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Sept. 8 2006 09:47 PM

 Summer is over, and our children are back in school. Whew! We all know how valuable learning is for our children, but how about you? Are you facing tremendous changes in your organization? Are you seeking solutions for new challenges? For all of us, learning is important; it is directly related to our ability to take action, implement change and produce results. This issue is being distributed during one of the greatest industry opportunities for learning The Parcel Shipping & Distribution Forum. Here are 10 tips to help you maximize your learning experience.

 1. My first suggestion is that you do some homework before you go to school. Pick up a blank journal or notebook and make a list of the issues that you need help with. For example, you might be interested in cutting your shipping costs, understanding the different accessorial fees, negotiating better rates with your carriers, selecting new technology, reducing errors or increasing productivity.

 2. Review the agenda for the forum and highlight the topics that may be of interest to you. Look for topics that address some of the concerns you listed in your journal. The organizers of the forum look for the leading experts in the field, so check out the speakers and their backgrounds to assess whether they may be a good resource for you.

 3. Look at the list of vendors that are going to be there and decide which ones you might want to make contact with. Research their Web sites for general information about what they offer so you can be prepared to ask them questions specific to your particular challenges.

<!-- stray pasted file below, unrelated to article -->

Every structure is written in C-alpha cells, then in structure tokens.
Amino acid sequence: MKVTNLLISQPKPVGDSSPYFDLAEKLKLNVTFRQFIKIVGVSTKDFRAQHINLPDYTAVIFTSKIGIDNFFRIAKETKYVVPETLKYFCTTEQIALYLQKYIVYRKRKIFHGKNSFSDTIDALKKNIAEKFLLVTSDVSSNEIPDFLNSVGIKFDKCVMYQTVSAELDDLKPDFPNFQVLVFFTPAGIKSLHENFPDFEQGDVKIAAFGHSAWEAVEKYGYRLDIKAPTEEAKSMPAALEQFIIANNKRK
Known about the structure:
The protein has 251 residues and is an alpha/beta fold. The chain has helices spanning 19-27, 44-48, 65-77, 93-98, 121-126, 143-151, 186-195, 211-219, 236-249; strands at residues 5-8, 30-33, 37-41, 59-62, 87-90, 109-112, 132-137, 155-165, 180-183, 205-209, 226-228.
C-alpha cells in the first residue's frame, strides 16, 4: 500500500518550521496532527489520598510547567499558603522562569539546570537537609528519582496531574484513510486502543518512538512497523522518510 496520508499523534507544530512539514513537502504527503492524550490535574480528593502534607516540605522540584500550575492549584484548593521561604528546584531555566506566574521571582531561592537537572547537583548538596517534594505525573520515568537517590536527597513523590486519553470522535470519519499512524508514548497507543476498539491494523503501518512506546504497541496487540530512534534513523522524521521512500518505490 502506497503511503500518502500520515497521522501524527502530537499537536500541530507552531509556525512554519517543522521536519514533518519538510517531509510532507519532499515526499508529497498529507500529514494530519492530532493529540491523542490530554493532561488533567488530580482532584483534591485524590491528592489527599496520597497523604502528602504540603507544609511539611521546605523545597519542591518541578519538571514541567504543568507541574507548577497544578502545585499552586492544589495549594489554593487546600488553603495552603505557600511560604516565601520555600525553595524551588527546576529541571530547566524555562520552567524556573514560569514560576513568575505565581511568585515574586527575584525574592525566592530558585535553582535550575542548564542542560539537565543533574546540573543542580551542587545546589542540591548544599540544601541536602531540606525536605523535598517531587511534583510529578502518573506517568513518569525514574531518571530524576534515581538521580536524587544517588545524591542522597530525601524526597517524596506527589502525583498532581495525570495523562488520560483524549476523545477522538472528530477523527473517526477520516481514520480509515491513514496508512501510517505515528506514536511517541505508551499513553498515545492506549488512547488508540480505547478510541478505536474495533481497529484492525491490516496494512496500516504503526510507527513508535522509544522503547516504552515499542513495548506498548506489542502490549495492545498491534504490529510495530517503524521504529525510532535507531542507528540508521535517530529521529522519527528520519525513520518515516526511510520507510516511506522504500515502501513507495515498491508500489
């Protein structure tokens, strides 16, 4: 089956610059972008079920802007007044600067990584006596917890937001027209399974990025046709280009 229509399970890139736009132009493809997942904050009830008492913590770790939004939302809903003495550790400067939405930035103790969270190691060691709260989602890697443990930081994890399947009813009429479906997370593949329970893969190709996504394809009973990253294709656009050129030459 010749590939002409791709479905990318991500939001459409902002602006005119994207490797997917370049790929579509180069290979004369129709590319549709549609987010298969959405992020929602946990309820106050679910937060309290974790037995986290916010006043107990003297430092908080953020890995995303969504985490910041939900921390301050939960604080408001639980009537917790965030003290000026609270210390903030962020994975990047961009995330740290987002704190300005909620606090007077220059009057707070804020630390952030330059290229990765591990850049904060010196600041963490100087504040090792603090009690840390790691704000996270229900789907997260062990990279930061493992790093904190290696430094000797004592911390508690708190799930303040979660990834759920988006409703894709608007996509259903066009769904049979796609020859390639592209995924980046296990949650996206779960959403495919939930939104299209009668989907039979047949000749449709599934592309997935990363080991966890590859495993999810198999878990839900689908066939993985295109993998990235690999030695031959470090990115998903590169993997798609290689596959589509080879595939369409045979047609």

4. Before you attend, do some research so that you will be prepared to answer specific questions about your organizations shipping operation. For instance, you should know which carriers you are using and why; how much you spend for their services; what discounts you currently have in place; and how many packages you ship with them weekly, monthly or yearly. Find out what shipping system technology you currently use; what other systems it interfaces with, i.e., your accounting system; and what problems you are experiencing with it. If you are looking at the possibility of replacing your system, compile a list of minimum requirements, as if you were preparing a request for a quotation. This will help you to ask better questions, and it will make it easier to compare and contrast available options.

 5. Conferences are wonderful opportunities to network with other professionals. When you meet someone during a break or hear a person asking a question or giving knowledgeable advice, dont be shy; approach them, introduce yourself and initiate a conversation. Bring plenty of business cards to give out, and ask others for their cards. You might want to jot down a few notes on the back of the card so you can personalize the connection and remember specifics about the conversation.

 6. Take advantage of the professionals that will be there, including the speakers and the representatives and company executives from the carriers. Most of the seminar leaders are industry professionals or consultants who charge $100 to $200 an hour for consulting. Chances are excellent that they will be open to letting you ask them a few questions after their presentations or setting up a time to meet with them later when you can get some free consultation time.